Beagle. And my job while on the expedition is to observe, note, research beyond
the shoreline, go deep into the interior, look under rocks, down valleys, up the
side of mountains and look for patterns.
Capital in the 21st Century is another of those Beagle
explorations. This time computers and historical records combined to yield
patterns of wealth and income that create a picture of the real
What a writer is doing,
whether conscious of the process or not, is finding patterns in objects, things,
ideas, people, animals, language, history, and culture that are knotted up,
entangled in seemingly random, chaotic ways. A writer’s goal is to find
patterns, correlations, and causation that gives a sense of order to the mess of
what is life.
Quantum physics is a good
place for a writer to explore the hidden reality of entanglements.
A writer needs to sign on
to his own private Beagle and set sail.
A writer needs to take
time to observe, record, and search for connections.
A writer needs passion. A
book is a long voyage. Without a burning passion fired by curiosity, a sense of
wonder, a withholding of judgment, a love of research, the journey can become
intolerable. You really must be honest how passionate you are to reveal in the
entanglements a plausible story.
Ultimately what readers
look for in a book is a voice that they can trust that can untangle the
complications, incoherence and randomness of life. A charlatan earns trust
through empty promises and sleight of hand; they never take a personal journey
on the Beagle, though they may try to convince you that they have.
Readers hunger for meaning
and purpose, and a writer’s task is to fulfill that desire.
Buddhism offers several
lessons that help me as a writer, and they may help you once you’ve decided to
write a book. I am grateful to Professor John Paulos for drawing my attention to
an interview with Jay Garfield who discusses the key premises of
Buddhism. All three lessons are stories about fear and how we deal with
A central theme of
Buddhism is non-attachment. Whether that attachment is to a theme, facts,
emotions, a character, a plot point, a sentence, or at every writer’s personal
base camp: the self. Many people become frustrated and angry at a dialogue tag,
a setting or scene, or a phrase, and they can’t move on until they have resolved
their internal conflict. My advice when you hit that impasse? Let it go.
Don’t become attached to your idea that this passage, sentence or word must be
perfect before you give yourself the green light to move through the
intersection and continue your journey. The desire for perfection is a destroyer
of creativity. When you are trying to be perfect as you write, ask yourself whom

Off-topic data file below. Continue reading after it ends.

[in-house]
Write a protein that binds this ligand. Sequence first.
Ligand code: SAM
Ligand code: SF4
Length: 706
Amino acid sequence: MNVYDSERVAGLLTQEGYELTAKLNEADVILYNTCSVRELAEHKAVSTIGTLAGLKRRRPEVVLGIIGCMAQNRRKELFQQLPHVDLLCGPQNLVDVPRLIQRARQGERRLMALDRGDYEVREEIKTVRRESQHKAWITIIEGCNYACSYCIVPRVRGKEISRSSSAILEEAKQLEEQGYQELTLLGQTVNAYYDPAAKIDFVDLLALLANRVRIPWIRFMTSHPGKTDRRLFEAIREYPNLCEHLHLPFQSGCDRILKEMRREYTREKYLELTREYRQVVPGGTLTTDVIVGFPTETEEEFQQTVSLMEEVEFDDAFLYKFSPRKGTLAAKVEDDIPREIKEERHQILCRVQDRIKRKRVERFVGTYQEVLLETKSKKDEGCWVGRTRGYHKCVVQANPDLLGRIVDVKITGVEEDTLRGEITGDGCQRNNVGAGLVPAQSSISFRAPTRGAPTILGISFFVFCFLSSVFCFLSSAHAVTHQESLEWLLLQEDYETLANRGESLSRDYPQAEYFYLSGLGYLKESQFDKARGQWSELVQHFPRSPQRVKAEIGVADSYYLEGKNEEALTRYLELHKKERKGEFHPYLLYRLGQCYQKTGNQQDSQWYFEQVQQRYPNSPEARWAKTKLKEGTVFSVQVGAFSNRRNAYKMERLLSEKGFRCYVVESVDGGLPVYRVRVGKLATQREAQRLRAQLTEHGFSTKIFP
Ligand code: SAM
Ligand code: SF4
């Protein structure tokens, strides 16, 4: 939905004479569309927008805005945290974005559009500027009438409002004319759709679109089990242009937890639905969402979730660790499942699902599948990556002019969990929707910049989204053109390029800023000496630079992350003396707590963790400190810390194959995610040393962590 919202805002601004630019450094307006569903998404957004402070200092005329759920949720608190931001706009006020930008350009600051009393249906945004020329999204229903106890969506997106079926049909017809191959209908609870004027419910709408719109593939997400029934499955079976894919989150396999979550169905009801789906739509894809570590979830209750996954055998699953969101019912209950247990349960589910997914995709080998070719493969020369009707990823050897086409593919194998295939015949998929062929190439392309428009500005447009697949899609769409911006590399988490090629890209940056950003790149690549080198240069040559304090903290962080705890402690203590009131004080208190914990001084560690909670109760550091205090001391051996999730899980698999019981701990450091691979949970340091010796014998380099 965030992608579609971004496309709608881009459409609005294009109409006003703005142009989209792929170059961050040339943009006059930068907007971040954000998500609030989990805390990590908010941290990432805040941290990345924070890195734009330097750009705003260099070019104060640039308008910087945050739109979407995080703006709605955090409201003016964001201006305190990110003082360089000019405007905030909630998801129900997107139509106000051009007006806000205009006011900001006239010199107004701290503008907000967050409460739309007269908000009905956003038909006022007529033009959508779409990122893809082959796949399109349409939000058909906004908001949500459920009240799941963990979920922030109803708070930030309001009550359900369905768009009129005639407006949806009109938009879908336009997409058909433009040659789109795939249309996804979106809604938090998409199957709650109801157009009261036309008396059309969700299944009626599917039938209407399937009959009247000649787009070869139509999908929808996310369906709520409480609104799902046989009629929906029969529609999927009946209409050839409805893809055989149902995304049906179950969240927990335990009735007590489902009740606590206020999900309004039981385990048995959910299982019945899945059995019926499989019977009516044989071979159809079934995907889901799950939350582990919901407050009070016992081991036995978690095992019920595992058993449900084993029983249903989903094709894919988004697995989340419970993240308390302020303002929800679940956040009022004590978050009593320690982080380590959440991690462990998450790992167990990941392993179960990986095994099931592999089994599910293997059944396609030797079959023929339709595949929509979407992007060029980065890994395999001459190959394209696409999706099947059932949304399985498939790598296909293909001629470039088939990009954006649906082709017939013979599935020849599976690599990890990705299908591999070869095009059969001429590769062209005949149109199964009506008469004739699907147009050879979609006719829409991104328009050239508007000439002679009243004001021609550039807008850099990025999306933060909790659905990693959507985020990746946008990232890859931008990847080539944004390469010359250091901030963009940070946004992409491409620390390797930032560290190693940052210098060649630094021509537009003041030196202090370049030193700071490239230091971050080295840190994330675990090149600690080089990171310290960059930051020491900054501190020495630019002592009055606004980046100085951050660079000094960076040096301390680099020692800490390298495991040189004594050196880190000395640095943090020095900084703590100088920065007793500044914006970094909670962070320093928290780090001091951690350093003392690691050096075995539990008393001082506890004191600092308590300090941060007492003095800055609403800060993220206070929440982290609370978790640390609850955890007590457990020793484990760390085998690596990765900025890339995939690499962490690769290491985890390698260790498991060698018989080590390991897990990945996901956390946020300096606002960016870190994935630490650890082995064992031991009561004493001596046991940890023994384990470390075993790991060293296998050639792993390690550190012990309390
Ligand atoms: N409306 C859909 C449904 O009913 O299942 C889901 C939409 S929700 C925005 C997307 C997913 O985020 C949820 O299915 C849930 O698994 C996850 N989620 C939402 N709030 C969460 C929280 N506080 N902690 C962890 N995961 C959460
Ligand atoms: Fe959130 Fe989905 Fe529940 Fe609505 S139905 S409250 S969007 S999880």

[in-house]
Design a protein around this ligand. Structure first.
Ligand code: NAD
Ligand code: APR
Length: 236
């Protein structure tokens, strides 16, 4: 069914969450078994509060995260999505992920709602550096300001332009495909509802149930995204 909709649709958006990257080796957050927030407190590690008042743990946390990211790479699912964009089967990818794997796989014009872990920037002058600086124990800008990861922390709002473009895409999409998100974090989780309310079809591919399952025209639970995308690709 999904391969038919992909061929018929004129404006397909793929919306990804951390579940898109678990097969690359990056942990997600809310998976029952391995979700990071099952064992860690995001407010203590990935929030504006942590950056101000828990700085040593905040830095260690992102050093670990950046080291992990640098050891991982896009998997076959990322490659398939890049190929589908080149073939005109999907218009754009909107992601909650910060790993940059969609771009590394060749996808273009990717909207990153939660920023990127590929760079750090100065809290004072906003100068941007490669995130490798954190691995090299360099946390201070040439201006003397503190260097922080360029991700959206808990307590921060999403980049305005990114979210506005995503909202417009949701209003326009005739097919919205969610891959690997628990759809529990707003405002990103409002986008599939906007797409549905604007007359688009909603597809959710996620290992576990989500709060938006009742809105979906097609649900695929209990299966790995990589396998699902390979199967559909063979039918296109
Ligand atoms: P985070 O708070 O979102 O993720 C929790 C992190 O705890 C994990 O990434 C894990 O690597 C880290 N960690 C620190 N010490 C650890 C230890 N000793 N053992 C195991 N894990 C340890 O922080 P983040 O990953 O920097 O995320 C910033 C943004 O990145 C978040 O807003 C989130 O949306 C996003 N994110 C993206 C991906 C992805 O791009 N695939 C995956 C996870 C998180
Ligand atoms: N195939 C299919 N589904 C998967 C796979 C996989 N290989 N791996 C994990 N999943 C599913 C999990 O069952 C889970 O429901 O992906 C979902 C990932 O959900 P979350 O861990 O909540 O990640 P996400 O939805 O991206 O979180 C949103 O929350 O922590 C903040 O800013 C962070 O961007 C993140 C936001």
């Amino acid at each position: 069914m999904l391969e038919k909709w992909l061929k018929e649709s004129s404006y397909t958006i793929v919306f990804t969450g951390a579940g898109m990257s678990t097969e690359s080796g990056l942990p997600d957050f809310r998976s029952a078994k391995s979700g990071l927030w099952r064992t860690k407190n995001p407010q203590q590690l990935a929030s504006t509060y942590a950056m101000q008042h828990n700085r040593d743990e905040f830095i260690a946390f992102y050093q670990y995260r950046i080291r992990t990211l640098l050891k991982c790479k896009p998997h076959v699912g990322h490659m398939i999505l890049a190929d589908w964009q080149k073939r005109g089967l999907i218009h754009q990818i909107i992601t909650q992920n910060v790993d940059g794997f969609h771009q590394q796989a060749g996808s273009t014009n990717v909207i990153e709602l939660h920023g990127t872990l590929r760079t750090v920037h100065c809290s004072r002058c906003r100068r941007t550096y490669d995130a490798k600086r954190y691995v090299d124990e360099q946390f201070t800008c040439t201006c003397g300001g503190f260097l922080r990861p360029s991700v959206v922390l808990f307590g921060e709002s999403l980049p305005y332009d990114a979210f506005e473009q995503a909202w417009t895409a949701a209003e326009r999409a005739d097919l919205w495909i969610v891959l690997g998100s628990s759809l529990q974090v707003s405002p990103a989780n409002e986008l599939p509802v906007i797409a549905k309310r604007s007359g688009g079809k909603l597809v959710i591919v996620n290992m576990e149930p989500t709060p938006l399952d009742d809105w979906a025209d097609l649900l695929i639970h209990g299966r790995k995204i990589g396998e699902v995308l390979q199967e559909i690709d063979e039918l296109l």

you are trying to please?
You think that it is you.
But it is most likely you’ve learned the perfection habit from someone in your
past. Your mother, the person who had her share of disappointment and
frustrations (as many mothers have) and she wants you to be perfect and
have a perfect life like the one she idealized that she could have had? Or it
might have been your demanding father, an uncle, a teacher, a neighbor who
passed along the idea, the one you’ve never allowed yourself to seriously
challenge, that you must be careful, organized, perfect in every detail before
you are allowed to take the next step.
When you write you
sometimes reach a dead end. Don’t panic. Find a new trail around the
avalanche that has blocked the path ahead. Don’t stop, in other words.
Creativity is finding another path when the one you’re on is closed. Fear is the
roadblock that keeps you clutching onto something you can let fall away.
Non-attachment is a way to defeat fear of disappointment, regret, failure or
being less than perfect.
Another important tenet of
Buddhism is that reality is unpredictable and chaotic. We spend our entire lives
trying to make sense of a reality that science increasingly shows makes no
intrinsic sense. Most people hate and fear uncertainty and doubt and will
seek refuge in illusions of certainty. We find our way by making correlations
knowing that the patterns we create aren’t fixed or permanent; they are that
temporary pontoon bridge that allows us to get from one side of a river to the
If your characters are too
predictable you will likely bore your readers. If they are too chaotic, readers
will also abandon your book. The challenge is to build characters and stories
that have real life unpredictability and your story navigates a passage, a
bridge, a boat, and a life raft that gives confidence to a reader that he or she
is in good hands.
Specifically this means
you don’t need to have a full solution to every problem, not everything turns